Gender differences and determinants of aerobic fitness in children aged 8-11 years.

Research output: Contribution to journalArticle


Previous studies of gender differences in maximum oxygen uptake have come to different conclusions. Limited data exists where the determinants of maximum oxygen uptake have been evaluated in a comprehensive manner. Thus, we examined 248 children (140 boys and 108 girls), aged 7.9-11.1 years. Body composition was determined by dual-energy X-ray absorptiometry, measured variables were total body fat (TBF) and lean body mass (LBM). Maximal oxygen uptake (VO2peak) was measured by indirect calorimetry during a maximal cycle exercise test. Daily physical activity was assessed by accelerometers and duration of vigorous activity per day (VPA) was calculated. Left ventricular inner diastolic diameter (LVDD) was measured by echocardiography. Lung function was evaluated with spirometric testing and whole body plethysmography. Boys had between 8 and 18% higher values than girls for VO2peak, dependent upon whether VO2peak was expressed in absolute values or scaled to body mass, LBM or if allometric scaling was used. In multiple regression analysis absolute values of aerobic fitness were independently related to LBM, maximal heart rate (Max HR), gender, LVDD, and VPA. Furthermore, when VO2peak was scaled to body mass it was independently related to In TBF, Max HR, gender, VPA, and LVDD. Lung function had no relation to VO2peak. Our study concludes that body composition is the main predictor for VO2peak, in children aged 8-11 years, whereas VPA or LVDD has only a modest impact. Existing gender differences in VO2peak cannot be explained only by differences in body composition, physical activity, or heart size.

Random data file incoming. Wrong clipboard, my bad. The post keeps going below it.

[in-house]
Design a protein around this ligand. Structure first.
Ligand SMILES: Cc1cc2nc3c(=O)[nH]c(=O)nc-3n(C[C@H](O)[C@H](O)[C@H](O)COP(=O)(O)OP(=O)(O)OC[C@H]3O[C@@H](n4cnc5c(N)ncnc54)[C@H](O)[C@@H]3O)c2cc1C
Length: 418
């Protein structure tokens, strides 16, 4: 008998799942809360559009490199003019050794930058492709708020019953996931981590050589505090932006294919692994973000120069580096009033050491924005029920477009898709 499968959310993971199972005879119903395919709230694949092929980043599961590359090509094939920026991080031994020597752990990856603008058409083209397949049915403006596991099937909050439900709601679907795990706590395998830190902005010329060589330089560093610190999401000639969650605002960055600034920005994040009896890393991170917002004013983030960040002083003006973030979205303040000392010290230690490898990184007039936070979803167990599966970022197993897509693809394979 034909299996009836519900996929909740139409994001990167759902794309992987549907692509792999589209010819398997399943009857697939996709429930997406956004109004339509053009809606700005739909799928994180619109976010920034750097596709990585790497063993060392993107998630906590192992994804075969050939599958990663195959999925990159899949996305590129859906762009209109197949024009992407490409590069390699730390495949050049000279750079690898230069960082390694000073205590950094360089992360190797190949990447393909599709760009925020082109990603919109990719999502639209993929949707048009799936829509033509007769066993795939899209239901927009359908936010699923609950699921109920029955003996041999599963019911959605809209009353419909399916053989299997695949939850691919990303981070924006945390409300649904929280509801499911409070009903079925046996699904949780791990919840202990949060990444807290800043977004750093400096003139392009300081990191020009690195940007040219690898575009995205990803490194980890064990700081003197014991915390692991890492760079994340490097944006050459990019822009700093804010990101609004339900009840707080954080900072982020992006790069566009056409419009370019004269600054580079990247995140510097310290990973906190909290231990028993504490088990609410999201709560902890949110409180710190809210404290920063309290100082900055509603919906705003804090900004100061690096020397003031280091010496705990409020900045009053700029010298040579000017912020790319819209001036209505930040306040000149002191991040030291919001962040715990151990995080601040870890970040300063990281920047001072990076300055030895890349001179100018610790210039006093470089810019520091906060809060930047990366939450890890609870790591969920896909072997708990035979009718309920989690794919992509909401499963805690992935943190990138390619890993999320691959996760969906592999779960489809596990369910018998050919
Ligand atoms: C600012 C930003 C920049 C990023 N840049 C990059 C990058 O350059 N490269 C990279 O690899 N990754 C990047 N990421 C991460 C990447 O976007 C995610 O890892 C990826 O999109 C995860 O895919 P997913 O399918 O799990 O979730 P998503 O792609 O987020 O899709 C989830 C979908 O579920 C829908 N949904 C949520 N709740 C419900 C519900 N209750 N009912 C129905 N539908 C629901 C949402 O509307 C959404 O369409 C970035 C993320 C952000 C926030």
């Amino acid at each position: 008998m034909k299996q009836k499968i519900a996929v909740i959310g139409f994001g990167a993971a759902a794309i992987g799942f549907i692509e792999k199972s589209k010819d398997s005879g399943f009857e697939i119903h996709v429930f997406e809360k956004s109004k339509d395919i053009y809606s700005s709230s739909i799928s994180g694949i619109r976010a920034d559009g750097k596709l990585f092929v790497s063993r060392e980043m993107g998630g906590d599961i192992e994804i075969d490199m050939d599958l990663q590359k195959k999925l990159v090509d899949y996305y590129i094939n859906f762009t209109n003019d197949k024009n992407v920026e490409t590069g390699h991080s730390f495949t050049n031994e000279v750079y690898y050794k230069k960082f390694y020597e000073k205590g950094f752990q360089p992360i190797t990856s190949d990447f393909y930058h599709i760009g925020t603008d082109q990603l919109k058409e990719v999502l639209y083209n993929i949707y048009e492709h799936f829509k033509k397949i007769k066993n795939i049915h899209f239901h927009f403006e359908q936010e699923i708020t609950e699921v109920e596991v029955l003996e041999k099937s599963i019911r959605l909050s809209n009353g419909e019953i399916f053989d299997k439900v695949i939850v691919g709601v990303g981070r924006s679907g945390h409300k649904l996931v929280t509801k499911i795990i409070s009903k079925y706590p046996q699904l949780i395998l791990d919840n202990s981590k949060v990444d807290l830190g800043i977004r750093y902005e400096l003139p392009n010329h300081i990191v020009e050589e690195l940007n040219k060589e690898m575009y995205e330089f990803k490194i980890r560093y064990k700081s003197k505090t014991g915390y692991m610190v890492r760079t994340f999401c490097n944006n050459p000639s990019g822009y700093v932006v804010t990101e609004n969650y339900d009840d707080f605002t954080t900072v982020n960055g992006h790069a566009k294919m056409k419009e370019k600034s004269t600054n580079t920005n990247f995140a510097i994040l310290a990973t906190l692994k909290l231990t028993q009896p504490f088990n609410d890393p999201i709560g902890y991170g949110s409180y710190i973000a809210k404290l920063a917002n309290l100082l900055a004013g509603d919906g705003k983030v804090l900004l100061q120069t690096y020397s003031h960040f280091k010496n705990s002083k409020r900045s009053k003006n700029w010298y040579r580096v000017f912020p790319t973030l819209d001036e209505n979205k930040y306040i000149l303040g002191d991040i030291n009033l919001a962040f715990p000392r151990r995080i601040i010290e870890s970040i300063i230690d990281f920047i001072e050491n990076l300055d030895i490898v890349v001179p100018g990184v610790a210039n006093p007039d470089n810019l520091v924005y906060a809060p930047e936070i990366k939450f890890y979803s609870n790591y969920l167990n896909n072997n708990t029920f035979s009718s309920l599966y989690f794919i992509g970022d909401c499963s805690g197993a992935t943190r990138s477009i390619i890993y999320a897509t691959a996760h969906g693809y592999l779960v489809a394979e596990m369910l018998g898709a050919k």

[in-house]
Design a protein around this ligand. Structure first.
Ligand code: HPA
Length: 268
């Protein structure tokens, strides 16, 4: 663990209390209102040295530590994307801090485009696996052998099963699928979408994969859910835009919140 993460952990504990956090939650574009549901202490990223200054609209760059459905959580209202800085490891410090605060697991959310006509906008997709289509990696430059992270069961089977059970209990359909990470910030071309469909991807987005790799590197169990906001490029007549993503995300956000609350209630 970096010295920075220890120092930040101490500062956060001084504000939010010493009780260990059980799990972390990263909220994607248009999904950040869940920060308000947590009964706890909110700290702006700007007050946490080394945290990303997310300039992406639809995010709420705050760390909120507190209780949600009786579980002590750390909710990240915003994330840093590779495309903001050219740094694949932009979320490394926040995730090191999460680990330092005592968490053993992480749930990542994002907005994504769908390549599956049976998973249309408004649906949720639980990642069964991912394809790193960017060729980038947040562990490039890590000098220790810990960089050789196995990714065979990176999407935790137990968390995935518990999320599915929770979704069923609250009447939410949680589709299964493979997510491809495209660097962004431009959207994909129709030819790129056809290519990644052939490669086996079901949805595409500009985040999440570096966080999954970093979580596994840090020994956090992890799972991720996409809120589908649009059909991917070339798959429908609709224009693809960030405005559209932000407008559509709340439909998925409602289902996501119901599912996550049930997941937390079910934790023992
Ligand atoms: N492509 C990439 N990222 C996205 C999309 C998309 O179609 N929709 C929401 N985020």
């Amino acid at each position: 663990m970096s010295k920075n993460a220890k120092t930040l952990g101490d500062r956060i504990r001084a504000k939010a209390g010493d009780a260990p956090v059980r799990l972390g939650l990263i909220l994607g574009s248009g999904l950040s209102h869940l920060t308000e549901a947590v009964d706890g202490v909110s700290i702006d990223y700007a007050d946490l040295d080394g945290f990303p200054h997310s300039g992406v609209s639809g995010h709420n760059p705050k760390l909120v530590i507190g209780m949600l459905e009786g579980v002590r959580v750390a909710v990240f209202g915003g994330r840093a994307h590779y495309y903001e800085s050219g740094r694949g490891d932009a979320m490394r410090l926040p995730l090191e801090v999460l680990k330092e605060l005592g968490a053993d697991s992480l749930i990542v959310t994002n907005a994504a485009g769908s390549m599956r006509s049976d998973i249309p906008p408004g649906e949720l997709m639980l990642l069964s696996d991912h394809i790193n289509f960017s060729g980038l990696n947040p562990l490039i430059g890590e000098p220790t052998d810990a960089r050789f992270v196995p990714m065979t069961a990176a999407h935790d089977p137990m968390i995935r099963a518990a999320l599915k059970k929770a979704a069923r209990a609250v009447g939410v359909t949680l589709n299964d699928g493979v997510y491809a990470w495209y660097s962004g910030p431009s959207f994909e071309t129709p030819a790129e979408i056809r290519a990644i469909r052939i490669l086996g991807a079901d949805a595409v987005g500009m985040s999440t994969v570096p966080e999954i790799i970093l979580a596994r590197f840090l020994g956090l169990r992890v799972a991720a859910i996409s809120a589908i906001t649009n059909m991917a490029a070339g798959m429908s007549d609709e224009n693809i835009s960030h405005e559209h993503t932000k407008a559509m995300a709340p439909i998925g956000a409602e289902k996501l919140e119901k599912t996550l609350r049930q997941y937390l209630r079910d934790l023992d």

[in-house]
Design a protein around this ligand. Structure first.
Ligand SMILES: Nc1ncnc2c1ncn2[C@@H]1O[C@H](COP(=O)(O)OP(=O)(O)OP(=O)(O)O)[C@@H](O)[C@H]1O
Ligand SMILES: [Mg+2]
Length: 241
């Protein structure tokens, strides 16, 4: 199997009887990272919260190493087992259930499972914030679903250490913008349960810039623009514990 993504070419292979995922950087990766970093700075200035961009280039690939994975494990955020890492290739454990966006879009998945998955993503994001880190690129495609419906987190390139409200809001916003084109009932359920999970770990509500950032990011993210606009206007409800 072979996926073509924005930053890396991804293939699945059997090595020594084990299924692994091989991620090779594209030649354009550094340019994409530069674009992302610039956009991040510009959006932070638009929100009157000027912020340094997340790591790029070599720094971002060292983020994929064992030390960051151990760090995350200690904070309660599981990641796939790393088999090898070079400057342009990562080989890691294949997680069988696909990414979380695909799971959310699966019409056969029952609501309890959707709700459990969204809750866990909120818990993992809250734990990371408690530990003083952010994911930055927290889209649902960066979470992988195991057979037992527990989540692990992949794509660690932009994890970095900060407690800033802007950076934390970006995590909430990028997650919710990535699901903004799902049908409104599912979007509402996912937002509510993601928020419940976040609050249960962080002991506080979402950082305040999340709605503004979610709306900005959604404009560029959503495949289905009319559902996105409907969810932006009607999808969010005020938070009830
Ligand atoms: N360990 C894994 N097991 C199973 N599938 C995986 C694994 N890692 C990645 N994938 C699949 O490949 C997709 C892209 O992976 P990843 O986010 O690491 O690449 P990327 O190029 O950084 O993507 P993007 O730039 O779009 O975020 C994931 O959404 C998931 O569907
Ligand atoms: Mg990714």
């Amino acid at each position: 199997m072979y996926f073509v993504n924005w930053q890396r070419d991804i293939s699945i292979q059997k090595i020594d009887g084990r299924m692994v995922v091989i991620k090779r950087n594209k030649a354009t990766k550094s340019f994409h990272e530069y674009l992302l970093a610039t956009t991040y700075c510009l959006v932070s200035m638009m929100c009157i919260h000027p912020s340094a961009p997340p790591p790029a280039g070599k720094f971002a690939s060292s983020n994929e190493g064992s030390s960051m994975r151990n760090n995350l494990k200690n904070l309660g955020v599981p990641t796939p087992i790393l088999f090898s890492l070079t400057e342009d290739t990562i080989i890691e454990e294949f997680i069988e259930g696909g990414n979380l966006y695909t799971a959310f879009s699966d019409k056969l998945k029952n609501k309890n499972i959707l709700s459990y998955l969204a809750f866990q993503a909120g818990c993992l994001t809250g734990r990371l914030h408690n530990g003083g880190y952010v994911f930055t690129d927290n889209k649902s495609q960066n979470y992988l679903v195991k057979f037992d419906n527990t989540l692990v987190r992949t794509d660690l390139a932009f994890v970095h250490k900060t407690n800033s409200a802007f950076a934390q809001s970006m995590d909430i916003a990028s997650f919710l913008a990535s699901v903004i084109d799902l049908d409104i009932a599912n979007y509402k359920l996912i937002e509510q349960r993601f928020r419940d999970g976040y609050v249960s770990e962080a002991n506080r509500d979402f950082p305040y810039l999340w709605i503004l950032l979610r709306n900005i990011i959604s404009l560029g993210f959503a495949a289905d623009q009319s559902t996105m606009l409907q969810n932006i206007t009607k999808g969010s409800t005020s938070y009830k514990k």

External organisations
  • Skåne University Hospital
  • Norwegian School of Sport Sciences
  • University of Copenhagen
Research areas and keywords

Subject classification (UKÄ) – MANDATORY

  • Physiology


  • maximum oxygen uptake, dual-energy X-ray, absorptiometry, echocardiography, children, accelerometers
Original languageEnglish
Pages (from-to)19-26
JournalEuropean Journal of Applied Physiology
Publication statusPublished - 2007
Publication categoryResearch

Total downloads

No data available